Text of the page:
- The Washington Times - Thursday, June 4, 2009

FORT BRAGG, N.C. | About 9,000 soldiers from the 82nd Airborne Division took part in an annual four-mile run to kick off All American Week, a series of events honoring the troops.

Each year, thousands of veterans return to Fort Bragg to participate in the race, which was part of Fayetteville’s “31 Days of Glory,” a monthlong celebration honoring the work of troops and the sacrifices of their families.

During the run, the weather was dismal with light rain, but the soldiers’ morale was high.

Maj. Gen. Mike Scaparrotti, commanding general of the 82nd Airborne Division who led the run, told the soldiers before the event that while they are running, the many men and women of the division deployed overseas are doing the nation’s work.

After the run, he grabbed a microphone and shouted “Hoo-ah!” and “All the way!” to the soldiers, giving them high-fives as they crossed the finish line.

The following day, Gen. Scaparrotti boarded a plane to Afghanistan with division headquarters to join his paratroopers.

The Combat Aviation Brigade and the division headquarters are in the middle of a deployment to Afghanistan. The 4th Brigade Combat team will be joining them later this year.

“There’s no doubt that this has been tough,” Gen. Scaparrotti said about the repeated deployments of the division’s soldiers. “[But] they know why they’re fighting, and they’re ready to go.”

Later that day, Gen. Scaparrotti made opening remarks at an annual memorial ceremony at Fort Bragg’s 82nd Airborne Division War Memorial Museum .

“The recognition and memorial go to those soldiers who gave the last full measure of devotion,” he said.

Paratroopers who died fighting terrorism in Afghanistan and Iraq were honored at the ceremony held outside the division museum on the museum grounds. Names of the 178 soldiers who died from the 82nd Airborne Division were read aloud during the memorial.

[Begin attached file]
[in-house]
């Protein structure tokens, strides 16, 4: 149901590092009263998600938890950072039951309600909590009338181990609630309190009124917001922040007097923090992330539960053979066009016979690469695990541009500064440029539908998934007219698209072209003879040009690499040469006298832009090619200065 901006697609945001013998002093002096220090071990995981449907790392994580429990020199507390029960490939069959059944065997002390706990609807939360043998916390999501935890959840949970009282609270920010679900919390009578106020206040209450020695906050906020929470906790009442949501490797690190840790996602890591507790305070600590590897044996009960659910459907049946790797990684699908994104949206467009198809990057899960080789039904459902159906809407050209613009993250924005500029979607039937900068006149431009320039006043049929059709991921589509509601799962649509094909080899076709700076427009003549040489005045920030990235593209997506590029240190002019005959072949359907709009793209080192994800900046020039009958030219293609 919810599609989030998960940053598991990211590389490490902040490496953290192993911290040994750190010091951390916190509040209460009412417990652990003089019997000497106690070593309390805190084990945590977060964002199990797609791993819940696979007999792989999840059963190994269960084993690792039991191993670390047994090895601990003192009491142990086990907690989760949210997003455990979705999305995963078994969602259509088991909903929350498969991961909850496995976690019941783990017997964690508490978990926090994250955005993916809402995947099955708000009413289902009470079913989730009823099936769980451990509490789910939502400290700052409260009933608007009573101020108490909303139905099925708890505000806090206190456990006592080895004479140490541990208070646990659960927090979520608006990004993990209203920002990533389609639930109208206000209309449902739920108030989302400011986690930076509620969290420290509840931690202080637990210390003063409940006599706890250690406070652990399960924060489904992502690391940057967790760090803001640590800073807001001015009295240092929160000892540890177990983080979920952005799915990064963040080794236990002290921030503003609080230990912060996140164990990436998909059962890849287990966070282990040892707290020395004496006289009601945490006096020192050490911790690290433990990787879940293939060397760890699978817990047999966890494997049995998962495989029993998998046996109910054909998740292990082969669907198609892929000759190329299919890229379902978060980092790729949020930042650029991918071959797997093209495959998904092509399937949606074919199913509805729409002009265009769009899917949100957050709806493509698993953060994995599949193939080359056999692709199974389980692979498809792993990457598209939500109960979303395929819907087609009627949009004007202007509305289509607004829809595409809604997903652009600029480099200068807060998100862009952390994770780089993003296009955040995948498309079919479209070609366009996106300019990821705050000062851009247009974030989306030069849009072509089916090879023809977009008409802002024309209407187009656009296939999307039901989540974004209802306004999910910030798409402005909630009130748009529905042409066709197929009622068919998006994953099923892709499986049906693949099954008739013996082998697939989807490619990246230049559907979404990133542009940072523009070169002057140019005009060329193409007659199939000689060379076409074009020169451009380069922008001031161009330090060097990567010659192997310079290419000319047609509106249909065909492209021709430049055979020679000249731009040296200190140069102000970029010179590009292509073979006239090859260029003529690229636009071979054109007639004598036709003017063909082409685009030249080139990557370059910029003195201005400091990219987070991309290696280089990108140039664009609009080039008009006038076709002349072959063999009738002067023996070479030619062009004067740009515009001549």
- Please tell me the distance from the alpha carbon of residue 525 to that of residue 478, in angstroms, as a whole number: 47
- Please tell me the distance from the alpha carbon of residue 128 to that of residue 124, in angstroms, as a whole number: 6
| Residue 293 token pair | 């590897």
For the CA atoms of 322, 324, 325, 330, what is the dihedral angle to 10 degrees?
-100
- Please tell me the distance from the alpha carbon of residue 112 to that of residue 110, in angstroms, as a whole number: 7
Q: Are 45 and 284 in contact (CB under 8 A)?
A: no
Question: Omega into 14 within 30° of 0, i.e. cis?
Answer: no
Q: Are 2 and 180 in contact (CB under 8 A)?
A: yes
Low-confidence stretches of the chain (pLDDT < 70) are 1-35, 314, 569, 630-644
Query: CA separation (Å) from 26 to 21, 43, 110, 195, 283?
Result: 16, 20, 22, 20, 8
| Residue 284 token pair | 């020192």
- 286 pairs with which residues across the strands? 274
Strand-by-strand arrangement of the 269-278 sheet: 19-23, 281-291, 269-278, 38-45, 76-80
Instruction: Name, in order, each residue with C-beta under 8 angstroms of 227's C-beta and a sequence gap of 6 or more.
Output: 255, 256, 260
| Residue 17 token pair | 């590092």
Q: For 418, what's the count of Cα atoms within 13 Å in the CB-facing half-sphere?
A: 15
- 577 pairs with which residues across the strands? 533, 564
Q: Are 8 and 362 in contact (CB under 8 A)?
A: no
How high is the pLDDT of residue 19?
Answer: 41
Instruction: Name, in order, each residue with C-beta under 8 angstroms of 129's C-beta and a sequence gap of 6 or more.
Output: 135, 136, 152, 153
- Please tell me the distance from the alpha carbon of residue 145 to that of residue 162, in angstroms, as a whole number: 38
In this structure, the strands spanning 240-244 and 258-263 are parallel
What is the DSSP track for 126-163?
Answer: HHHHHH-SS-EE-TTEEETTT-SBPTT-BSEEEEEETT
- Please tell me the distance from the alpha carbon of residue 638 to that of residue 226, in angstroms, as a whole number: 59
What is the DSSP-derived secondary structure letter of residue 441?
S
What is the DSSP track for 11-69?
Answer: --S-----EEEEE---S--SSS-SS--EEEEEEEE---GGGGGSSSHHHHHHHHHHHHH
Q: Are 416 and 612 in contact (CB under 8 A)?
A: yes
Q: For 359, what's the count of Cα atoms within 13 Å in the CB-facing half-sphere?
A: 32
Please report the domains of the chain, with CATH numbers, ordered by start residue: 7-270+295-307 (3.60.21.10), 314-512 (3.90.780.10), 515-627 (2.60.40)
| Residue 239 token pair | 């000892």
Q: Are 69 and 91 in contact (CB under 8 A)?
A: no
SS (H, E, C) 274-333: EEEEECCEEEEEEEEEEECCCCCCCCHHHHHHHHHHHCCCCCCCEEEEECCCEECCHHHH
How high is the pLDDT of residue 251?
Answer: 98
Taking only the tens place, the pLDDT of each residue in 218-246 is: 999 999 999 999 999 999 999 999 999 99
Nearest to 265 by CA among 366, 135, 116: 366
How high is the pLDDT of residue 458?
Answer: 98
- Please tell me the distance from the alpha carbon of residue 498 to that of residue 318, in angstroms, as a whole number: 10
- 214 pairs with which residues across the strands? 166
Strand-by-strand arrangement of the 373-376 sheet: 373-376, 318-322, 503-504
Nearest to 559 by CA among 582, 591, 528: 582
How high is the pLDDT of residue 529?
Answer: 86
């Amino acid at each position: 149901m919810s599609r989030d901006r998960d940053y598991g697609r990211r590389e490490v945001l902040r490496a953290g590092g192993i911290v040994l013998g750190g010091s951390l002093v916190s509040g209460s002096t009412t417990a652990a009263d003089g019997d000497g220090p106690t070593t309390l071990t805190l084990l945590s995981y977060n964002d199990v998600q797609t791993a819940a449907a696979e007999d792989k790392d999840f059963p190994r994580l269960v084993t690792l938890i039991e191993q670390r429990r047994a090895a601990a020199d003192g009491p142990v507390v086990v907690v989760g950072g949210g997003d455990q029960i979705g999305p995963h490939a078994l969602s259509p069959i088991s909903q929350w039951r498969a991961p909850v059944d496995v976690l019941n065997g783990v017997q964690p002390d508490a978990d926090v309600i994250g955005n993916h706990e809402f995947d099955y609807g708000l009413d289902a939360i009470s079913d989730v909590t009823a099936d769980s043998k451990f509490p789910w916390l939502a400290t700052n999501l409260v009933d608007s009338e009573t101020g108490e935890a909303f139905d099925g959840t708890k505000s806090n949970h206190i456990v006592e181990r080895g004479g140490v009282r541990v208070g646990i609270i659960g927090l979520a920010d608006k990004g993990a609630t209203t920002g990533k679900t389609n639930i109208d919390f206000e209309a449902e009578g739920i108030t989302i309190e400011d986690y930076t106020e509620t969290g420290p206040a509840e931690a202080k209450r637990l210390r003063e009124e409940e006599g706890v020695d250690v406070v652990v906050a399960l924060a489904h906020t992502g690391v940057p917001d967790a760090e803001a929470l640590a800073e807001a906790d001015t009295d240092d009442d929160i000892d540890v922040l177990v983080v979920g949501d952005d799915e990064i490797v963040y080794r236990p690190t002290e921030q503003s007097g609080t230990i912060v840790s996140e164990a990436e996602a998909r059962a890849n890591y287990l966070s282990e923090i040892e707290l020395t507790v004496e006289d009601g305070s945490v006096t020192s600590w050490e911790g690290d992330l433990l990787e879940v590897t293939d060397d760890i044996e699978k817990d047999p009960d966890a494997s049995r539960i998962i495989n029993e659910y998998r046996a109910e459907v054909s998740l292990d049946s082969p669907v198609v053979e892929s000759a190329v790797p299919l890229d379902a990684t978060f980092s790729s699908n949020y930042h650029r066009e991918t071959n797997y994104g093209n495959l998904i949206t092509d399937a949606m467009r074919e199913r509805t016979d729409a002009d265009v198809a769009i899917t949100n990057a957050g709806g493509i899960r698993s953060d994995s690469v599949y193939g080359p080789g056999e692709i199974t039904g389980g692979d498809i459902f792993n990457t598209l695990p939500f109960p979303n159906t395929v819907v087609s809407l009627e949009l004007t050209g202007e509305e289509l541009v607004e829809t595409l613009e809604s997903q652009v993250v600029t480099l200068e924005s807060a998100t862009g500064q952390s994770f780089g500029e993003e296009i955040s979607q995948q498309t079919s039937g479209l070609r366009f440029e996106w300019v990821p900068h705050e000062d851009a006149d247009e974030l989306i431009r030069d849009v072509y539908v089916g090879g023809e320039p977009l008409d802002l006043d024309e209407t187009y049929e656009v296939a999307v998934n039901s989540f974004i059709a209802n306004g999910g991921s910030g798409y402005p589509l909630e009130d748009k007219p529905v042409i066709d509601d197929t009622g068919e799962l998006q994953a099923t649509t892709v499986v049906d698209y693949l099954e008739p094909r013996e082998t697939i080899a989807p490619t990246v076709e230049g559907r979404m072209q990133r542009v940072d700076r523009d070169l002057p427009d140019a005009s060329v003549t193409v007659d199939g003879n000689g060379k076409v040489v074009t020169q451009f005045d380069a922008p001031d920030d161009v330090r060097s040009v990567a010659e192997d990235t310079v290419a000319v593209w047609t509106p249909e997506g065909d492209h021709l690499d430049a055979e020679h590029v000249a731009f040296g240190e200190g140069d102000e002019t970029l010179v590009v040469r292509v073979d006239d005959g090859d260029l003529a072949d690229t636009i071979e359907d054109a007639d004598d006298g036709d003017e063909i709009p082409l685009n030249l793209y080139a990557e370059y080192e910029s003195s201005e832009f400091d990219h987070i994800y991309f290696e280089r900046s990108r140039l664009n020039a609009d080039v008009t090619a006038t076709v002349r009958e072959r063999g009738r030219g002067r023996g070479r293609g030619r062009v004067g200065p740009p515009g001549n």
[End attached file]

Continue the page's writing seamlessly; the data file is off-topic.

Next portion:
Thirty families of fallen soldiers who were Gold Star recipients attended the ceremony. Lt. Gen. Lloyd J. Austin, the commander of Fort Bragg and the 18th Airborne Corps addressed the crowd. Spouses, parents, and children of the soldiers then lined up, carrying yellow roses that were laid at the base of the stone memorial.

“This nation owes you a debt that it can never repay and that is why we are here today,” said Gen. Austin to the Gold Star families in reference to the service of their loved one.

One of those honored in the ceremony was Capt. Kimberly Hampton, the commander of Delta Troop, First Squadron, 17th Cavalry. She was a Kiowa Warrior helicopter pilot whose call sign in Iraq was “Dark Horse Six” but was known by friends as “Kimbo.”

Capt. Hampton was shot down in Fallujah on Jan. 2, 2004. Gen. Austin thanked her mother, Ann Hampton, for her daughter’s sacrifice. Before her tour in Iraq, Capt. Hampton had served in both Korea and Afghanistan.

“It came as quite a shock to the entire unit when we lost Capt. Hampton. She was a great commander and a great cavalry pilot. She is still greatly missed and I’m glad that she was honored at All American Week,” said Jennifer L. Boardman, a former cavalry officer who served in Iraq with Capt. Hampton.

“[We extend our] thanks to the remarkable family members that continue to stand by our side as we defend our freedom, and our way of life. Our nation owes to our husbands and wives, and sons and daughters a great debt of gratitude for their immense sacrifices,” Gen. Austin said.

The ceremony included songs from the division chorus, followed by a three-round volley of gunfire and taps. A symbolic wreath of red, white and blue flowers in the shape of the division’s well-known double-A patch was placed outside the museum.

• Kelly Twedell is a writer in Fayetteville, N.C. Her husband is stationed at Fort Bragg.

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